That kind of depends on the scenario. At this moment, I would have absolutely no trouble making it to the bathroom and giving my toilet a golden shower. However, I do pee on the seat periodically when I'm concurrently attempting to style my hair. This is the reason why whenever I have female guests over, I piss in the bathtub or kindly ask them to use the bushes out back. Every now and then I will have trouble finding a bathroom, and must solicit the assistance of friends or illiterate busboys. Usually, after gaining directions to said restroom, I can handle the rest on my own with nary a hiccup. Despite the fact that every bar on the western hemisphere assumes that adults need an "attendant" present to help guide us in the hand washing department. I drove here six beers deep, I think I can handle the paper towels, Latrell.

Do you feel like a bother to others due to your lack of mobility?
When I'm lit up? Nope. I had no qualms letting my friends and/or bar staff help carry me out of said establishment while knocking over beer bottles and mixed nuts. Although, once reality sets in the next morning, I become embarrassed and spend the entire day texting thinly-veiled apologies marinated in subtle jokes to my friends who I offended. "Whoa, dude. Got fucked up last night, sorry I nailed your girlfriend. I guess you should call off the engagement." Or "I don't remember anything that happened at your party, but I'm pretty sure I killed your cat with a hatchet. My B." For this question, I'll answer Maybe.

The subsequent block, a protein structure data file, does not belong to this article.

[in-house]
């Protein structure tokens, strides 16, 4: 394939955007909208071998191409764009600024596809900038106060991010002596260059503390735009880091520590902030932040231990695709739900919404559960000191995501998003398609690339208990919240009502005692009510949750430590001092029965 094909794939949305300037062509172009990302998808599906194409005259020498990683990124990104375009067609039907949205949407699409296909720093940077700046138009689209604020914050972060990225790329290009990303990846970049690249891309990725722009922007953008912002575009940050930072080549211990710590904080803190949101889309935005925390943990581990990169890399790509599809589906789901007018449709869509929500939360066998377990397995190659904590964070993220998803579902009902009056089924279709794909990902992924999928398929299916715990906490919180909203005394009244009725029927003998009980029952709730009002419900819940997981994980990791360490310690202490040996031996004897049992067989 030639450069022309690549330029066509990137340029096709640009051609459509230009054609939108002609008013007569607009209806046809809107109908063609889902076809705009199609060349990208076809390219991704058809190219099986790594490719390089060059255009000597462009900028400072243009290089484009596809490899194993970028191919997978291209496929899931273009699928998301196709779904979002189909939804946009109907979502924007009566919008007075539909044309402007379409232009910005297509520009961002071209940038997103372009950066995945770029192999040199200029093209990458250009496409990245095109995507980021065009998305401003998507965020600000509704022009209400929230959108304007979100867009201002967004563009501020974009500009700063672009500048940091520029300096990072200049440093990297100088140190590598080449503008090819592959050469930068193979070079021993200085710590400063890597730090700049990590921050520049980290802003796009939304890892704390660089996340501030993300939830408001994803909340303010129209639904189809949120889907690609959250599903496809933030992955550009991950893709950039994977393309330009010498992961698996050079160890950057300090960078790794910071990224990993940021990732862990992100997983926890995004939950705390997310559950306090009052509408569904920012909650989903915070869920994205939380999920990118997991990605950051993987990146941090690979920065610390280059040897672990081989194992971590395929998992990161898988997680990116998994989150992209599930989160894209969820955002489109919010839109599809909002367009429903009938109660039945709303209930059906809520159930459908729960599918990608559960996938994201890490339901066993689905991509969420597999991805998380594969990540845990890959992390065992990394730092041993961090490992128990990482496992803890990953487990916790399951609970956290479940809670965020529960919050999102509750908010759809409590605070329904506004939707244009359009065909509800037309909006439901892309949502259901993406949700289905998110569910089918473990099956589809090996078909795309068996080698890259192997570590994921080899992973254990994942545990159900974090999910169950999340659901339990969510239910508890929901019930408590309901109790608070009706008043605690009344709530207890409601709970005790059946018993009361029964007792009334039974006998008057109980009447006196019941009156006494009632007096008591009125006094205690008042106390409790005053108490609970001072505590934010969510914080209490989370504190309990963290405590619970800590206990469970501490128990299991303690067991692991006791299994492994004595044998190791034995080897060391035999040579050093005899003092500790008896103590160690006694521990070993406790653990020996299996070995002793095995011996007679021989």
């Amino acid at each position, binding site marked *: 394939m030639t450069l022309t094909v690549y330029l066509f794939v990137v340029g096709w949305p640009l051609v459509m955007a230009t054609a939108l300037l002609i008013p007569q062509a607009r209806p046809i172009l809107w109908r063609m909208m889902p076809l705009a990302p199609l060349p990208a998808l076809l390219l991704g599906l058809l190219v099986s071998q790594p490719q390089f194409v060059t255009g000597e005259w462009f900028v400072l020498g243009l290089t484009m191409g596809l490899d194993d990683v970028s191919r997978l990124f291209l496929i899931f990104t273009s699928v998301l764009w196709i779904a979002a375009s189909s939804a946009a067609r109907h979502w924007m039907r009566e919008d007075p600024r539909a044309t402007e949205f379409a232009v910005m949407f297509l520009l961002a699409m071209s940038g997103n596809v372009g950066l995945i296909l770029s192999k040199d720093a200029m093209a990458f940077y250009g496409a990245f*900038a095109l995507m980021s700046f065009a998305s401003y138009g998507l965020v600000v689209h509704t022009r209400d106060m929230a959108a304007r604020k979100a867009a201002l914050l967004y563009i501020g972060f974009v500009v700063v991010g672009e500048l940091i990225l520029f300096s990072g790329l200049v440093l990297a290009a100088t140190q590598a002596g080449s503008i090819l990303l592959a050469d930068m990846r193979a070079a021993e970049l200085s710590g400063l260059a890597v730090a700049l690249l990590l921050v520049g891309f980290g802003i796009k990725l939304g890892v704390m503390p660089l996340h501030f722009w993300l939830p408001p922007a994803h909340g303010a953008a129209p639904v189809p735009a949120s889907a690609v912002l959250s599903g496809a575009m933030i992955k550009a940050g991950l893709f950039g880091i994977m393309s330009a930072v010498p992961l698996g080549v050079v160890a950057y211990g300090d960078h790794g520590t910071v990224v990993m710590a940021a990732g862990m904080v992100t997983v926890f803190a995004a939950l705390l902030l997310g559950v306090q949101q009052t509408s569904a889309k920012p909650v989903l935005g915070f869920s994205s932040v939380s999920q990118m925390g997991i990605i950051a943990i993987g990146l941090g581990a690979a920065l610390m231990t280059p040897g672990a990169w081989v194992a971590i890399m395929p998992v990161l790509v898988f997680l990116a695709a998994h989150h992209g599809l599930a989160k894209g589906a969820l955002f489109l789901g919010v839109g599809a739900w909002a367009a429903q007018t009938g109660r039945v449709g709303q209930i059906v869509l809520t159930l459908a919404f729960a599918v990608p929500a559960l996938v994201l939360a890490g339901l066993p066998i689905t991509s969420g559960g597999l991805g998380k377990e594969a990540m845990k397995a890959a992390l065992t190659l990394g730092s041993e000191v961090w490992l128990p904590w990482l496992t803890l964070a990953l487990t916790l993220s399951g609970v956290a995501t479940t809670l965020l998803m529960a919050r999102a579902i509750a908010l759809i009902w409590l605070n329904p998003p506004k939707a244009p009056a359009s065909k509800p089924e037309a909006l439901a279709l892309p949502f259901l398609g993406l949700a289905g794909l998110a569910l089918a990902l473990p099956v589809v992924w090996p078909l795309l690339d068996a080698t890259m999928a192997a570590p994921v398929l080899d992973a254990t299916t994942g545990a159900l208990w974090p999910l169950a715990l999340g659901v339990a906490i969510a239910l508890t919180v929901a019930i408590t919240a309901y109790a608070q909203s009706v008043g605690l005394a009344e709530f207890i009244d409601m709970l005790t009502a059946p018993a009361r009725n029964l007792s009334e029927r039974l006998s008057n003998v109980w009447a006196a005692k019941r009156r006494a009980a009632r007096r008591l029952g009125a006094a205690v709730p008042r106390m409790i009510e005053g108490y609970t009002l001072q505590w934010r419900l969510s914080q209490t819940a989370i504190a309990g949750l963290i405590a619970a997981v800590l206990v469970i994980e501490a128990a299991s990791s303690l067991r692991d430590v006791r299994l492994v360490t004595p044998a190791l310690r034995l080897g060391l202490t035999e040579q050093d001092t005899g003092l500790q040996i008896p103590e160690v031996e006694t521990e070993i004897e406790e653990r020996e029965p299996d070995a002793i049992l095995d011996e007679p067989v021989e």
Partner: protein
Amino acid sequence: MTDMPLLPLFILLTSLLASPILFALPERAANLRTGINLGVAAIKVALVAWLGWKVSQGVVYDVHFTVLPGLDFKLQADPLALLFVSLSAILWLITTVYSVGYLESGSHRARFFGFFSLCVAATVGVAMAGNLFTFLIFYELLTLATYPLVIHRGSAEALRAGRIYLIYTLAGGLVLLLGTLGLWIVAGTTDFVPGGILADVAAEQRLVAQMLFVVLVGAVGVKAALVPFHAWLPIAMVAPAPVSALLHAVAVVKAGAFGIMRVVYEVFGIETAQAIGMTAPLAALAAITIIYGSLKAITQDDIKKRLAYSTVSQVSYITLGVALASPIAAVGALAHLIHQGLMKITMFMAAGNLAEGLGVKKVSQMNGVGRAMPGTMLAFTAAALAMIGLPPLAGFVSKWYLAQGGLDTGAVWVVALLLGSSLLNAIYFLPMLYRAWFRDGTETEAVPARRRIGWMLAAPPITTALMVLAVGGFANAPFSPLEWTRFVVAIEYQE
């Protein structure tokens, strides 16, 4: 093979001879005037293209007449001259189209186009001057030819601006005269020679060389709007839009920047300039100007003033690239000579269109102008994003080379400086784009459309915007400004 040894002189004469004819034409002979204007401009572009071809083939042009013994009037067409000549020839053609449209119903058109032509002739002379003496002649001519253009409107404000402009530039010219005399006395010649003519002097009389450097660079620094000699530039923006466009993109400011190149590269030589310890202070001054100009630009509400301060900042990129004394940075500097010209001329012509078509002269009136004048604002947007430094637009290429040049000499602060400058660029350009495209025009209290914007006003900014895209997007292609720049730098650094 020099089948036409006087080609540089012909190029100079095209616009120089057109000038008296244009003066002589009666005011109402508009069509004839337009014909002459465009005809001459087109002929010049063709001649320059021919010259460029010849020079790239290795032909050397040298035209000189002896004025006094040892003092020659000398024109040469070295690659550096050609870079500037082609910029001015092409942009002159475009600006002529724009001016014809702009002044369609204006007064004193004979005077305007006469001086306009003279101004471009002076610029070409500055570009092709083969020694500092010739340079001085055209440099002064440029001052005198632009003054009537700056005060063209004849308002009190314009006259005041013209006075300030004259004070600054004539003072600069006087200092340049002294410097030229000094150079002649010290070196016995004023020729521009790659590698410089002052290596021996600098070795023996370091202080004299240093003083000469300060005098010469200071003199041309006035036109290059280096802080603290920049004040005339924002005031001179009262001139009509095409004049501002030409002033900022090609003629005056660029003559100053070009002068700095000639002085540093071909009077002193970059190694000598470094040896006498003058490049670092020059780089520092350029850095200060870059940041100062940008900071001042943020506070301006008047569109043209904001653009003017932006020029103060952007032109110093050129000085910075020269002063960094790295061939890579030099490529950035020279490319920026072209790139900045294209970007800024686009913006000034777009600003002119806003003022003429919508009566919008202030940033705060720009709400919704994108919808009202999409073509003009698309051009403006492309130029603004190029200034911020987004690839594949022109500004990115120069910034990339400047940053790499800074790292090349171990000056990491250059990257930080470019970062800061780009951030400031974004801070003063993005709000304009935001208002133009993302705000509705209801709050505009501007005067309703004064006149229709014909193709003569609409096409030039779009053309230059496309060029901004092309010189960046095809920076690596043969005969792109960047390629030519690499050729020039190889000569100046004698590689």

Have you fallen in the past 12 months?
I could probably count the number of times I've fallen in the last twelve months on one hand (if that hand had 327 fingers). I consider myself a relatively sturdy person, but I can lapse into clumsiness in certain instances. Whether it be from attempting to dunk a basketball in front of big booty hoes or preforming a walk-and-turn during a field sobriety test. For the most part, whenever I fall, I make sure to resiliently return to my feet and compass the locality to see if anyone had witnessed my unfortunate fall and captured it on video to post on YouTube. So far, I have not fallen victim to the adroit ridicule of Daniel Tosh, so I consider myself lucky. I do believe my falls, trips and stumbles would diminish rapidly if I was riding around on a power chair, though. So my answer is Yes.